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C# difference between == and .Equals()

In my daily code routine I use them a lot, but really don't know how exactly they are different from each other.

if(String.Equals(str1, str2))

and

if(str1 == str2)
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marked as duplicate by ChrisF, Austin Salonen, Gordon Gustafson, Woot4Moo, Paul Sasik Jan 6 '11 at 23:04

This question has been asked before and already has an answer. If those answers do not fully address your question, please ask a new question.

5  
Please don't close. This is not a duplicate of difference between == and object.Equals -- although that is a good link. Both string.Equals(a,b) and string.== are not polymorphic, which is the big difference between == and object.Equals. –  user166390 Jan 6 '11 at 22:48
    
voting to close, these two questions can clearly be merged. –  Woot4Moo Jan 6 '11 at 22:50
    
@Woot4Moo I disagree. This is a specific question about two specific ways of doing a string comparison. The "duplicate question" talks about ==/object.Equals in general. Perhaps string.Equals could also be mentioned, but this would be lost in a merge. –  user166390 Jan 6 '11 at 22:52
1  
@Woot4Moo Please read my last comment. BlueMonk and Merhdad are talking about the non-static string.Equals method. This question is about the static string.Equals method. –  user166390 Jan 6 '11 at 22:58
1  
@Woot4Moo Please note the question contains String.Equals(str1, str2) (perhaps better as string.Equals(str1, str2)) and not str1.Equals(str2). –  user166390 Jan 6 '11 at 23:00

2 Answers 2

up vote 6 down vote accepted

(UPDATE)

They are in fact exactly the same.

public static bool operator ==(string a, string b)
{
    return Equals(a, b);
}

so == calls the Equals.


public static bool Equals(string a, string b)
{
    return ((a == b) || (((a != null) && (b != null)) && EqualsHelper(a, b)));
}

EqualsHelper is an unsafe method:

UPDATE What it does, it loops through the characters using integer pointers and compares them as integers (4byte at a time). It does it 10 at a time and then one at a time.

private static unsafe bool EqualsHelper(string strA, string strB)
{
    int length = strA.Length;
    if (length != strB.Length)
    {
        return false;
    }
    fixed (char* chRef = &strA.m_firstChar)
    {
        fixed (char* chRef2 = &strB.m_firstChar)
        {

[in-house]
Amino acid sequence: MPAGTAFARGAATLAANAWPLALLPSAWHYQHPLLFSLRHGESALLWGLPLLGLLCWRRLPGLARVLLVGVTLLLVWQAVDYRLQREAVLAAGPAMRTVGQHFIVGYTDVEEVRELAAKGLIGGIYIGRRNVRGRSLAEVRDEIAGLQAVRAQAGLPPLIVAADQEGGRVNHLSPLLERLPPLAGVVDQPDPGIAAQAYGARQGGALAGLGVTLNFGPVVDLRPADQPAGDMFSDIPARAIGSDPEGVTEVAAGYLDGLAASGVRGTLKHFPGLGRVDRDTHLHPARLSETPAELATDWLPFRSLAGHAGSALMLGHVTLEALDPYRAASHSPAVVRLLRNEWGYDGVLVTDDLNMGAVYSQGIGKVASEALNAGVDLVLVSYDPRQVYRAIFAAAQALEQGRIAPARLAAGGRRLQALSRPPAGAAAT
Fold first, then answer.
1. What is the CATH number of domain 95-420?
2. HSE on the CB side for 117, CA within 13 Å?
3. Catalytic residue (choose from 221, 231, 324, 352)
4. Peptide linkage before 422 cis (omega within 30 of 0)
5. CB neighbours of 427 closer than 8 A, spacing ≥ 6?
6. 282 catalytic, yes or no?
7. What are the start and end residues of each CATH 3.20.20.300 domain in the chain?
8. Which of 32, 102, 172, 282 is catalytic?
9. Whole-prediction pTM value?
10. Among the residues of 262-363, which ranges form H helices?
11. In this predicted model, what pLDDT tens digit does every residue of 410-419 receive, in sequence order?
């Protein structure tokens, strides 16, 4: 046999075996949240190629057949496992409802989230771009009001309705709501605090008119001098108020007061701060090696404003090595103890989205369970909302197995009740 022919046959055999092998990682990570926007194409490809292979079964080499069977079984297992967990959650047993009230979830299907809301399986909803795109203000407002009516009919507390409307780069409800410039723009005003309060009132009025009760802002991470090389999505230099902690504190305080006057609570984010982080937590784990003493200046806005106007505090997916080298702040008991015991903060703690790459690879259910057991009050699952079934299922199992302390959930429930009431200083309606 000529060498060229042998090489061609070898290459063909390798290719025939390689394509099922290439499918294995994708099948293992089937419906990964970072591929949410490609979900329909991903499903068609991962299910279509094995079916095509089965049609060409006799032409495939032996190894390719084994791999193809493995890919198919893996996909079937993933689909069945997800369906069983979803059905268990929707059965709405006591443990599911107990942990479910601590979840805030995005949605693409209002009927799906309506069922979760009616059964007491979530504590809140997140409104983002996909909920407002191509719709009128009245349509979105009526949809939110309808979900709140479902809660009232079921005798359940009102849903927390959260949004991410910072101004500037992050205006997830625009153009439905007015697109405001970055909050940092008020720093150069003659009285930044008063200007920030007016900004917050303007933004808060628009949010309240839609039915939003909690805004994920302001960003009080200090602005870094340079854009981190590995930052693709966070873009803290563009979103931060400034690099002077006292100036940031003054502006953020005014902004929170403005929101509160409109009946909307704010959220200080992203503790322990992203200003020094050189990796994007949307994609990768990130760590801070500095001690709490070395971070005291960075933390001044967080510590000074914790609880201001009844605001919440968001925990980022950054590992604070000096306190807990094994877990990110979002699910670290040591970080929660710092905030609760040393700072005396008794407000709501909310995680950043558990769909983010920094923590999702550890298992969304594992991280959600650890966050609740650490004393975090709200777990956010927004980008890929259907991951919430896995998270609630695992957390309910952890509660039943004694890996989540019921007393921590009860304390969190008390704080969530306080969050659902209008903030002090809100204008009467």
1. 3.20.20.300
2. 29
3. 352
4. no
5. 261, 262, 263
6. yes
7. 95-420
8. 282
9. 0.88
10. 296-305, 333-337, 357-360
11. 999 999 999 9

char* chPtr = chRef;
            char* chPtr2 = chRef2;
            while (length >= 10)
            {
                if ((((*(((int*) chPtr)) != *(((int*) chPtr2))) || (*(((int*) (chPtr + 2))) != *(((int*) (chPtr2 + 2))))) || ((*(((int*) (chPtr + 4))) != *(((int*) (chPtr2 + 4)))) || (*(((int*) (chPtr + 6))) != *(((int*) (chPtr2 + 6)))))) || (*(((int*) (chPtr + 8))) != *(((int*) (chPtr2 + 8)))))
                {
                    break;
                }
                chPtr += 10;
                chPtr2 += 10;
                length -= 10;
            }
            while (length > 0)
            {
                if (*(((int*) chPtr)) != *(((int*) chPtr2)))
                {
                    break;
                }
                chPtr += 2;
                chPtr2 += 2;
                length -= 2;
            }
            return (length <= 0);
        }
    }
}
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1  
So what exactly does the bit extra do? At first glance it looks like a bitwise comparison. But wouldn't == return true in that case anyways? Is it something locale related? –  CodesInChaos Jan 6 '11 at 22:48
    
so is there any cases where str1 == str2 wont equals String.Equals(str1,srt2)? –  Rami Shareef Jan 6 '11 at 22:51
1  
The update doesn't really explain when == and EqualsHelper give different results. –  CodesInChaos Jan 6 '11 at 22:55
1  
They are exactly the same. Please see my latest update. –  Aliostad Jan 6 '11 at 22:56
1  
So it's a reflector bug that decodes it as a==b instead of (object)a==(object)b? In the form reflector decompiles it it looks like infinite recursion to me. –  CodesInChaos Jan 6 '11 at 22:59

They are absolutely the same. Here is what ildasm shows for ==

  IL_0002:  call       bool System.String::Equals(string,
                                              string)

Also read the documentation: http://msdn.microsoft.com/en-us/library/system.string.op_equality.aspx It says

This operator is implemented using the Equals method

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What is ildasm? –  Rami Shareef Jan 6 '11 at 23:04
1  
intermediate language disassembler - a disassembler for .net byte-code –  CodesInChaos Jan 6 '11 at 23:07
2  
ildasm is the tool that shows the IL code for a .NET assembly. It is part of the SDK and its location depends on the actual version of the framework. For example C:\Program Files (x86)\Microsoft SDKs\Windows\v7.0A\Bin –  Stilgar Jan 6 '11 at 23:08

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